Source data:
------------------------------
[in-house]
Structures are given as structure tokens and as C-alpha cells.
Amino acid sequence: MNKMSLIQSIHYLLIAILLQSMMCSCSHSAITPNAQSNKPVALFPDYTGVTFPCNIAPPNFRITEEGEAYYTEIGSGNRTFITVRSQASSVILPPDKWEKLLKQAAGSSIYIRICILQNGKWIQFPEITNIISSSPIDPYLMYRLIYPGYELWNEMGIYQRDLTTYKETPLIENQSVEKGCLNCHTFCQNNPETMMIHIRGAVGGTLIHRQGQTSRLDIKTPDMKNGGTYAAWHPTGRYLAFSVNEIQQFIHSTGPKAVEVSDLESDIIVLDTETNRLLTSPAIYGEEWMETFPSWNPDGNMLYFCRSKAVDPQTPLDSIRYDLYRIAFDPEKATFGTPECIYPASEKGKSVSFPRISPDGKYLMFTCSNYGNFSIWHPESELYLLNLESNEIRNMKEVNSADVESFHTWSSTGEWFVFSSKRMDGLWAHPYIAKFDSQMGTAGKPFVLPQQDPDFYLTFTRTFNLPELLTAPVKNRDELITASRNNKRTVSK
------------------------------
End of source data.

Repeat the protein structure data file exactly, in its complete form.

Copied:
[in-house]
Structures are given as structure tokens and as C-alpha cells.
Amino acid sequence: MNKMSLIQSIHYLLIAILLQSMMCSCSHSAITPNAQSNKPVALFPDYTGVTFPCNIAPPNFRITEEGEAYYTEIGSGNRTFITVRSQASSVILPPDKWEKLLKQAAGSSIYIRICILQNGKWIQFPEITNIISSSPIDPYLMYRLIYPGYELWNEMGIYQRDLTTYKETPLIENQSVEKGCLNCHTFCQNNPETMMIHIRGAVGGTLIHRQGQTSRLDIKTPDMKNGGTYAAWHPTGRYLAFSVNEIQQFIHSTGPKAVEVSDLESDIIVLDTETNRLLTSPAIYGEEWMETFPSWNPDGNMLYFCRSKAVDPQTPLDSIRYDLYRIAFDPEKATFGTPECIYPASEKGKSVSFPRISPDGKYLMFTCSNYGNFSIWHPESELYLLNLESNEIRNMKEVNSADVESFHTWSSTGEWFVFSSKRMDGLWAHPYIAKFDSQMGTAGKPFVLPQQDPDFYLTFTRTFNLPELLTAPVKNRDELITASRNNKRTVSK